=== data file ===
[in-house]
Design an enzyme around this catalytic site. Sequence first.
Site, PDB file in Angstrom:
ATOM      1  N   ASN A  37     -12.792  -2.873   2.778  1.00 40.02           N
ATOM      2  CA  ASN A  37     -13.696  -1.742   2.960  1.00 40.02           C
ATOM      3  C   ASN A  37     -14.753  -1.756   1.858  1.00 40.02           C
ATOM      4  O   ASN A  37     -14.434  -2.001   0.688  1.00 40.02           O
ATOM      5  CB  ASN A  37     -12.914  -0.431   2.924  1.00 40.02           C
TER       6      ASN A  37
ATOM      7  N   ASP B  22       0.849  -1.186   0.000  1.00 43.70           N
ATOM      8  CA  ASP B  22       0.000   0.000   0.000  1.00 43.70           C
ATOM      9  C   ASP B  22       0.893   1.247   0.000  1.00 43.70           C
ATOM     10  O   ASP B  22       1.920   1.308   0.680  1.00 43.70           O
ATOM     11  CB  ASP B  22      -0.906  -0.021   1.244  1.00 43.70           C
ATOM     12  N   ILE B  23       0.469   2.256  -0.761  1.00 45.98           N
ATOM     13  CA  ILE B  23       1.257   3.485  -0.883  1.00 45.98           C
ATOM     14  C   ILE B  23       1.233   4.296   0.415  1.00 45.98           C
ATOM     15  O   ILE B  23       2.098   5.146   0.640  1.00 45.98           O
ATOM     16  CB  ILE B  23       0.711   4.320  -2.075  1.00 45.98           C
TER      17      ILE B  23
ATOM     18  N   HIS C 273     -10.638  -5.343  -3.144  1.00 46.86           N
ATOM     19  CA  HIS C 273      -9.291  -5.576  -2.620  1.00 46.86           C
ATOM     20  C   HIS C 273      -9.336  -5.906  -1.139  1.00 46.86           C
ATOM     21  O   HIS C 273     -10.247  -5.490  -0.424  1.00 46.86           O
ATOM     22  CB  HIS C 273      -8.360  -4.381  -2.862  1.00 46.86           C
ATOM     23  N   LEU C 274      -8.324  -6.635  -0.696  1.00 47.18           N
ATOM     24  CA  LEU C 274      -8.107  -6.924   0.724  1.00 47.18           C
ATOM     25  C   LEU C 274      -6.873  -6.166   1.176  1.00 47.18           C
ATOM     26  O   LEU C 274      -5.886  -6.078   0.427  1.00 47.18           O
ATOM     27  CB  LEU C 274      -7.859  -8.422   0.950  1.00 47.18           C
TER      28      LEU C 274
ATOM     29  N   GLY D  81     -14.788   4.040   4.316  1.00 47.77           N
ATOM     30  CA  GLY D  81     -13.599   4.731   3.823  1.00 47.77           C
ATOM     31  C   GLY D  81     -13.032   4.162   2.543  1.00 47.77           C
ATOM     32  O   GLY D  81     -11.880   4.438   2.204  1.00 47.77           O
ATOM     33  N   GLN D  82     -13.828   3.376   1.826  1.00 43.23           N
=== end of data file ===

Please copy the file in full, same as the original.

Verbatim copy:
[in-house]
Design an enzyme around this catalytic site. Sequence first.
Site, PDB file in Angstrom:
ATOM      1  N   ASN A  37     -12.792  -2.873   2.778  1.00 40.02           N
ATOM      2  CA  ASN A  37     -13.696  -1.742   2.960  1.00 40.02           C
ATOM      3  C   ASN A  37     -14.753  -1.756   1.858  1.00 40.02           C
ATOM      4  O   ASN A  37     -14.434  -2.001   0.688  1.00 40.02           O
ATOM      5  CB  ASN A  37     -12.914  -0.431   2.924  1.00 40.02           C
TER       6      ASN A  37
ATOM      7  N   ASP B  22       0.849  -1.186   0.000  1.00 43.70           N
ATOM      8  CA  ASP B  22       0.000   0.000   0.000  1.00 43.70           C
ATOM      9  C   ASP B  22       0.893   1.247   0.000  1.00 43.70           C
ATOM     10  O   ASP B  22       1.920   1.308   0.680  1.00 43.70           O
ATOM     11  CB  ASP B  22      -0.906  -0.021   1.244  1.00 43.70           C
ATOM     12  N   ILE B  23       0.469   2.256  -0.761  1.00 45.98           N
ATOM     13  CA  ILE B  23       1.257   3.485  -0.883  1.00 45.98           C
ATOM     14  C   ILE B  23       1.233   4.296   0.415  1.00 45.98           C
ATOM     15  O   ILE B  23       2.098   5.146   0.640  1.00 45.98           O
ATOM     16  CB  ILE B  23       0.711   4.320  -2.075  1.00 45.98           C
TER      17      ILE B  23
ATOM     18  N   HIS C 273     -10.638  -5.343  -3.144  1.00 46.86           N
ATOM     19  CA  HIS C 273      -9.291  -5.576  -2.620  1.00 46.86           C
ATOM     20  C   HIS C 273      -9.336  -5.906  -1.139  1.00 46.86           C
ATOM     21  O   HIS C 273     -10.247  -5.490  -0.424  1.00 46.86           O
ATOM     22  CB  HIS C 273      -8.360  -4.381  -2.862  1.00 46.86           C
ATOM     23  N   LEU C 274      -8.324  -6.635  -0.696  1.00 47.18           N
ATOM     24  CA  LEU C 274      -8.107  -6.924   0.724  1.00 47.18           C
ATOM     25  C   LEU C 274      -6.873  -6.166   1.176  1.00 47.18           C
ATOM     26  O   LEU C 274      -5.886  -6.078   0.427  1.00 47.18           O
ATOM     27  CB  LEU C 274      -7.859  -8.422   0.950  1.00 47.18           C
TER      28      LEU C 274
ATOM     29  N   GLY D  81     -14.788   4.040   4.316  1.00 47.77           N
ATOM     30  CA  GLY D  81     -13.599   4.731   3.823  1.00 47.77           C
ATOM     31  C   GLY D  81     -13.032   4.162   2.543  1.00 47.77           C
ATOM     32  O   GLY D  81     -11.880   4.438   2.204  1.00 47.77           O
ATOM     33  N   GLN D  82     -13.828   3.376   1.826  1.00 43.23           N